With a forbearance of your loan you get to temporarily suspend monthly payments. This method will cause you to continue to accrue interest and lengthen the payment period in the long run. Borrowers who have federal student loans can receive forbearance to temporarily stop making payments or reduce payments under certain conditions. With forbearance, the borrower is responsible for paying the interest that accrues during the forbearance period.

3. Consider an income-driven repayment plan.

These plans base your monthly student loan payments on your income and family size. In some cases, your payment could be as low as $0 per month. Check out this website,  income-driven repayment plan to evaluate your options. An additional site of interest would be the “Federal Student Aid” site, at https://studentaid.gov/manage-loans/repayment/plans/income-driven a government website loaded with salient information on how to get started and what your options are for your loan.

4. Wiping out your student loan from the “U.S. Department of Education.”

If any of the following circumstances apply to your situation there is a possibility of total student loan debt forgiveness from the U.S. government:

  • You become permanently and totally disabled.
  • Other reasons that are out of your control, like, your school closed, or you were admitted with improper credentials.
  • You are engaged in full-time teaching.
  • You become a Head Start employee.
  • Are in the Peace Corp.
  • Are in the military.

Even though it may seem difficult to meet the strict standards of the bankruptcy court’s definition of undue hardship. If you succeed, your student loan will be completely canceled. Filing for bankruptcy also automatically protects you from collection actions on all of your debts, at least until the bankruptcy case is resolved or until the creditor gets permission from the court to start collecting again.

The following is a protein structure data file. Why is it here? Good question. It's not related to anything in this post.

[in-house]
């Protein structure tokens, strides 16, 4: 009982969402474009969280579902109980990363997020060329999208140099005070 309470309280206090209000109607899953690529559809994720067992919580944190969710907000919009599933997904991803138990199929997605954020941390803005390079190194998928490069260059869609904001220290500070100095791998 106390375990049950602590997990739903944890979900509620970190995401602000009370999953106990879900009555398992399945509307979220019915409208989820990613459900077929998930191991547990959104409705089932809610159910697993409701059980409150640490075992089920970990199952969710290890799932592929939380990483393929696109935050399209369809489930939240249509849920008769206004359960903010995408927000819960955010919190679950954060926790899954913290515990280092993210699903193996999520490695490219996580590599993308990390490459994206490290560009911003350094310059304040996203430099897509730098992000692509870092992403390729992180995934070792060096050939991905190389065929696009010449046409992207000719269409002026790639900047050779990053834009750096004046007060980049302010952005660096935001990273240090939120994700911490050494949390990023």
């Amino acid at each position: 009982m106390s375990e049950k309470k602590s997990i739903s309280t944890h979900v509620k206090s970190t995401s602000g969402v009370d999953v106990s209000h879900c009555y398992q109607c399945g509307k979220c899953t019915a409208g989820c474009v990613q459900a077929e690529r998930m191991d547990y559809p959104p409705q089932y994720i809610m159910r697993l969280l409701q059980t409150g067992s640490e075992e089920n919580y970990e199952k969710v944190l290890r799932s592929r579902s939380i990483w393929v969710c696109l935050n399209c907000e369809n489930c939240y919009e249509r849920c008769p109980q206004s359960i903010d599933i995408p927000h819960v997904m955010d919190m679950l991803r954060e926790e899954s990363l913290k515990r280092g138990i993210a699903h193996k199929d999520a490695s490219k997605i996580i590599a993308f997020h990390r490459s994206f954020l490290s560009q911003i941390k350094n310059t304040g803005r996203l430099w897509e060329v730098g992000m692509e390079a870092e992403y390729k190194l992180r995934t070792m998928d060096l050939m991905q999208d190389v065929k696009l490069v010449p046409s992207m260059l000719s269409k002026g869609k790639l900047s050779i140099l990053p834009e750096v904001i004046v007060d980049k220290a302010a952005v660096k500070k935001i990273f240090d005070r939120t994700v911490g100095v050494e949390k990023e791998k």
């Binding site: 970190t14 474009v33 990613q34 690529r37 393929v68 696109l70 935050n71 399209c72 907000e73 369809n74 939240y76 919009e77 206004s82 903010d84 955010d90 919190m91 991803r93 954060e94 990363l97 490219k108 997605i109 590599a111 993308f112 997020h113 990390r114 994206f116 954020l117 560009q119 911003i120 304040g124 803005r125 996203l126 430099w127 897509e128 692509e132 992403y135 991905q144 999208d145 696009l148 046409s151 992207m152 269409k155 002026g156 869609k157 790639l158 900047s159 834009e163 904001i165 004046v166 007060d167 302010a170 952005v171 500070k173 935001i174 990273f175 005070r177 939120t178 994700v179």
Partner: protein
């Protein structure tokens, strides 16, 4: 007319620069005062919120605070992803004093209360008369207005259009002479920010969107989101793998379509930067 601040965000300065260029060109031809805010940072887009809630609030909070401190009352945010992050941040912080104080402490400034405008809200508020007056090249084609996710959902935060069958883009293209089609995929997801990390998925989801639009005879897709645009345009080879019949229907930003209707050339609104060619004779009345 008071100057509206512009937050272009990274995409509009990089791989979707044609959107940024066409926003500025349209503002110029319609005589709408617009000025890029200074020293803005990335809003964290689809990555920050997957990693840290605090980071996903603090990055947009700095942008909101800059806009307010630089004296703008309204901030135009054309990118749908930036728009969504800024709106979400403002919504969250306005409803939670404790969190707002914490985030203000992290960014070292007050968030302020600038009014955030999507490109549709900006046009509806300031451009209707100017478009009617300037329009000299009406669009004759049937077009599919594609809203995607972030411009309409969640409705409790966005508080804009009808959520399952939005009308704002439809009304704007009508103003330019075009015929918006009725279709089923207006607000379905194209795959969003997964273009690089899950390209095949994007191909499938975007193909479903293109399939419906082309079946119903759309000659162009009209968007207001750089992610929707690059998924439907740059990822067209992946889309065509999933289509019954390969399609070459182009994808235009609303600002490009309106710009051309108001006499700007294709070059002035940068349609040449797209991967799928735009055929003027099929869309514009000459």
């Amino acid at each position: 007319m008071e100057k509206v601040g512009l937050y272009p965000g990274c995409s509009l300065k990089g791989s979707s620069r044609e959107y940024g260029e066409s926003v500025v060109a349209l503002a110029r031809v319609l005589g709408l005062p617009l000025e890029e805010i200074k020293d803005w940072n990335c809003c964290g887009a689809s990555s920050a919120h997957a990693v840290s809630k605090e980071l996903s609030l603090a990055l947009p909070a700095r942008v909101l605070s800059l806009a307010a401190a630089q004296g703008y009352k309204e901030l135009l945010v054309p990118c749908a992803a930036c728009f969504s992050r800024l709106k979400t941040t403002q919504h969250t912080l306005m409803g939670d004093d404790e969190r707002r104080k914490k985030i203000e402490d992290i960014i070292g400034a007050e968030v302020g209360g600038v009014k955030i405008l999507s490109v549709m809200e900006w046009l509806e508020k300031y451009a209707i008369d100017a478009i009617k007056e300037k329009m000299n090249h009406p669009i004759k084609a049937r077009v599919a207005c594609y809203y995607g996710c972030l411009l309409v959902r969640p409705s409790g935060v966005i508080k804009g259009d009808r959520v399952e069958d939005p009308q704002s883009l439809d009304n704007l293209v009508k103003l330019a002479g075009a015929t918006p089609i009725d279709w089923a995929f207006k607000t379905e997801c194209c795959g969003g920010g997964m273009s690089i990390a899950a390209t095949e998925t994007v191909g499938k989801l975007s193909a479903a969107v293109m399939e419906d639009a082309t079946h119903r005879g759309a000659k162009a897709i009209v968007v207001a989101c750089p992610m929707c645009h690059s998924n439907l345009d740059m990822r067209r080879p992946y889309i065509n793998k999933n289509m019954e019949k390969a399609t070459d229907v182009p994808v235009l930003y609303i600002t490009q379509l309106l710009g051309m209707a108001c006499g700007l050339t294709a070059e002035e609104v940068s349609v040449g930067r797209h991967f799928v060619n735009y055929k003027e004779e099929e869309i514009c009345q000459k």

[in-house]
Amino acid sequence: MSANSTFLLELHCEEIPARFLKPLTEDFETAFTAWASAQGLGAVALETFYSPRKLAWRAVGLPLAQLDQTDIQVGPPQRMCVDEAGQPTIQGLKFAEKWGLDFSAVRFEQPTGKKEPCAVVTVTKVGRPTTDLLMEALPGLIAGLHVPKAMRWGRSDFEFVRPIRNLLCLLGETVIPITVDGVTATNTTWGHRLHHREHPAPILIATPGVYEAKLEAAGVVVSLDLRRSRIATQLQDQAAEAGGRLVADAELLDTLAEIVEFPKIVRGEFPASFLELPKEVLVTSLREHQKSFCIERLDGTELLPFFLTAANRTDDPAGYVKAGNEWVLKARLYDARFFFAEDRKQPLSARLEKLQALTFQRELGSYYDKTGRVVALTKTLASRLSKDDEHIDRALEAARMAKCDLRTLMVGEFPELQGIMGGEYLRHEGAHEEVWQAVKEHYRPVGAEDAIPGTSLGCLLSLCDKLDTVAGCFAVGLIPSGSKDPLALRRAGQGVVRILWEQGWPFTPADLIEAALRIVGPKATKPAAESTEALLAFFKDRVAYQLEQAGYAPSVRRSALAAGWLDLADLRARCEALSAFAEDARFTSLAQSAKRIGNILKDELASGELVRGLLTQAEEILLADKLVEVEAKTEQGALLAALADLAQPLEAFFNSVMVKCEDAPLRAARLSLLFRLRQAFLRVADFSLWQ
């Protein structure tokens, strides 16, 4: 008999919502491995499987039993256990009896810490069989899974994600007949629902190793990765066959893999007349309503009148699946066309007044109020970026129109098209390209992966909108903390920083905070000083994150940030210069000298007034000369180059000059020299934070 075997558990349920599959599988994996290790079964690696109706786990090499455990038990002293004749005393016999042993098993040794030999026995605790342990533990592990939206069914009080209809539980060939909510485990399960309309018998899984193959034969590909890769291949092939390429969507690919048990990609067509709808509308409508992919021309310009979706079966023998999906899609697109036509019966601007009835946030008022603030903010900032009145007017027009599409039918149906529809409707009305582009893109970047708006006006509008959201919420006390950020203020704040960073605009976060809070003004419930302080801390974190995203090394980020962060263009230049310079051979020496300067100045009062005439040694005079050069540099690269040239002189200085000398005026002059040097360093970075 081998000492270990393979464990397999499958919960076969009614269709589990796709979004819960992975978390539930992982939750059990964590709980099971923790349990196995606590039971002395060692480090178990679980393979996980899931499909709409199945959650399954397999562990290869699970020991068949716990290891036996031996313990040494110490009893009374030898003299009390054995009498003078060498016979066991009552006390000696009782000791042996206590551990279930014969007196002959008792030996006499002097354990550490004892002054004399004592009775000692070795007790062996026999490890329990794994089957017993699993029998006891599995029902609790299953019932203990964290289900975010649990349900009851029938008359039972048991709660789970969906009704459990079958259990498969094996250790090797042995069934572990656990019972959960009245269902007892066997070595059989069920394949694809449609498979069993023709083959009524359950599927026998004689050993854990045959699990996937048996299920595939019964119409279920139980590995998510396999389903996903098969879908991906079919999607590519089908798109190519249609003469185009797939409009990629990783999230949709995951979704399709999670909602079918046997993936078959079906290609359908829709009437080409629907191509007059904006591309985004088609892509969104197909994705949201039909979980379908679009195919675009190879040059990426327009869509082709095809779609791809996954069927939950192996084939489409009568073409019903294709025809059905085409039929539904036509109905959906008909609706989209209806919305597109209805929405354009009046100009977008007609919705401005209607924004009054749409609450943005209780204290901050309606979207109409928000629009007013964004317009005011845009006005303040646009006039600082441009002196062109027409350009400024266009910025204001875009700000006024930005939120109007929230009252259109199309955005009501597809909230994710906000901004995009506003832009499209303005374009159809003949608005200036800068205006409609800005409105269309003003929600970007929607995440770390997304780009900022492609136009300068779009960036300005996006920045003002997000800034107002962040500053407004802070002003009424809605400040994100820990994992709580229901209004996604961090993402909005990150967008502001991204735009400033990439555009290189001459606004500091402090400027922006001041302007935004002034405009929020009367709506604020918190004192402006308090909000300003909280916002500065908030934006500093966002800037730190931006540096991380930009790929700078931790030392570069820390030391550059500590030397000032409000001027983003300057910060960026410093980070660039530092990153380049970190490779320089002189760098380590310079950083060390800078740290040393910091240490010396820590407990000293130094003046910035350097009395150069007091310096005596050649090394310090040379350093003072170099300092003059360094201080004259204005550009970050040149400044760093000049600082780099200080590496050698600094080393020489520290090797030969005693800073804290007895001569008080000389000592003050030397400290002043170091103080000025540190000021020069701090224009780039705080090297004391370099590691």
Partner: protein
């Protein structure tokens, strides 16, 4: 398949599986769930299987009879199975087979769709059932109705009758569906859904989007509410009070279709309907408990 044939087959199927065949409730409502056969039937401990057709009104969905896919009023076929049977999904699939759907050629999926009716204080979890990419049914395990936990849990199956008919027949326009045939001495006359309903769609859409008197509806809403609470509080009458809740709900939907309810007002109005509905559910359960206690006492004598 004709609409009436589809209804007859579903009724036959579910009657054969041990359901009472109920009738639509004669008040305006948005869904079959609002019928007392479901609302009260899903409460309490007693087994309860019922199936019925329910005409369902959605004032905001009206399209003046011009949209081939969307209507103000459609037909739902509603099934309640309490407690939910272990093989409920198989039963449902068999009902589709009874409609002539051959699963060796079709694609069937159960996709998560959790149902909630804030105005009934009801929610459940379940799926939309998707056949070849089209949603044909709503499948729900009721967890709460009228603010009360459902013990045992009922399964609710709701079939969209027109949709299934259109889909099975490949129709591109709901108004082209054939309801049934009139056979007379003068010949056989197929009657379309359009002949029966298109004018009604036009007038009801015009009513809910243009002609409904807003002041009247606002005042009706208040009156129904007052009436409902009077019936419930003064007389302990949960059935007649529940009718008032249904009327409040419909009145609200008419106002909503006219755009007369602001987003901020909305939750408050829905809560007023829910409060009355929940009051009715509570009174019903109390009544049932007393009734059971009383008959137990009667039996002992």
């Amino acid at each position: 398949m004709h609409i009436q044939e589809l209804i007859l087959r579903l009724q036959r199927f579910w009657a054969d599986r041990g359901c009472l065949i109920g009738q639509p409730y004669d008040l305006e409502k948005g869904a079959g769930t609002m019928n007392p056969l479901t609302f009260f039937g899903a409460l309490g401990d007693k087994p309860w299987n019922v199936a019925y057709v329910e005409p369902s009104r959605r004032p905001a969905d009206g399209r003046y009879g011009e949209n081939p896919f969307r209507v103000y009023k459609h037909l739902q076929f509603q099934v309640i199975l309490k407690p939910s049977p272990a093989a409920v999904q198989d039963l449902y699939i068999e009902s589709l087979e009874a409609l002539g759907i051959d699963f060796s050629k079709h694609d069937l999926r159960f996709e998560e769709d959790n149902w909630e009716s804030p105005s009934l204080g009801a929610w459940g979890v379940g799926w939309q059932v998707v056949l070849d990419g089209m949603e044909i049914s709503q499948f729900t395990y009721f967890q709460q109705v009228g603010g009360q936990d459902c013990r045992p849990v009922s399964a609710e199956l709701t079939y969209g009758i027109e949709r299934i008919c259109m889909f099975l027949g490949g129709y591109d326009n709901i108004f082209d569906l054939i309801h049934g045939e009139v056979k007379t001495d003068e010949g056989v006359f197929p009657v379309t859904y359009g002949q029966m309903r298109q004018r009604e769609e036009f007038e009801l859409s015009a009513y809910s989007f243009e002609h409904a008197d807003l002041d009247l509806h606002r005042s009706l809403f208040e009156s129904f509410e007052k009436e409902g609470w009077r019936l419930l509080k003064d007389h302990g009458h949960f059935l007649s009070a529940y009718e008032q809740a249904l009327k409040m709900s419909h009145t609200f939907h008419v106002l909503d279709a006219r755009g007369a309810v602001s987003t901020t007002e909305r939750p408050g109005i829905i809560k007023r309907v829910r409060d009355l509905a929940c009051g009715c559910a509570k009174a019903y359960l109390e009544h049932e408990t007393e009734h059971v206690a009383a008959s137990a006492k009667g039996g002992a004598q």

Assuming you can discharge your student loan debt by proving hardship documentation, bankruptcy may be a good option for you. It is a good idea to first consult with an experienced bankruptcy lawyer who understands the pros and cons associated with bankruptcy and which chapter would be best in your situation. For example, bankruptcy can remain part of your credit history for ten years. There are costs associated with filing for bankruptcy as well as a number of procedural hurdles. There are also limits on how often you can file for bankruptcy within a certain time frame.

Your Personal Calculator of Potential Earnings Versus Student Loan Payments

Use this interactive calculator to determine the following:

  • How much you can afford to borrow in student loan funds based on your future expected earnings.
  • The salary you will need in order to afford your student loan payments.

First, go to this website at http://mappingyourfuture.org/paying/debtwizard/ to use the interactive calculator you enter the salary you anticipate earning upon graduation. The calculator will calculate the maximum amount of student loan debt you should borrow. If you enter the current amount borrowed in student loans and the amount you anticipate borrowing throughout your college career, the calculator will return the salary required to make payments on this debt. You can update the interest rate to reflect the interest rate of your loans if it is not 6.8 percent. Click here for a chart with Direct Loan interest rates.

student loan debt graph
student loan debt graph

In conclusion please call our office at (775) 786-7600 or (775) 690-9120 and set up an appointment for a free and confidential consultation with me to discuss your financial situation. We will investigate all of your options and alternatives, even those that don’t require you to file bankruptcy at all. Feel free to visit our website at www.harrislawreno.com to learn more about our bankruptcy practice here in Reno.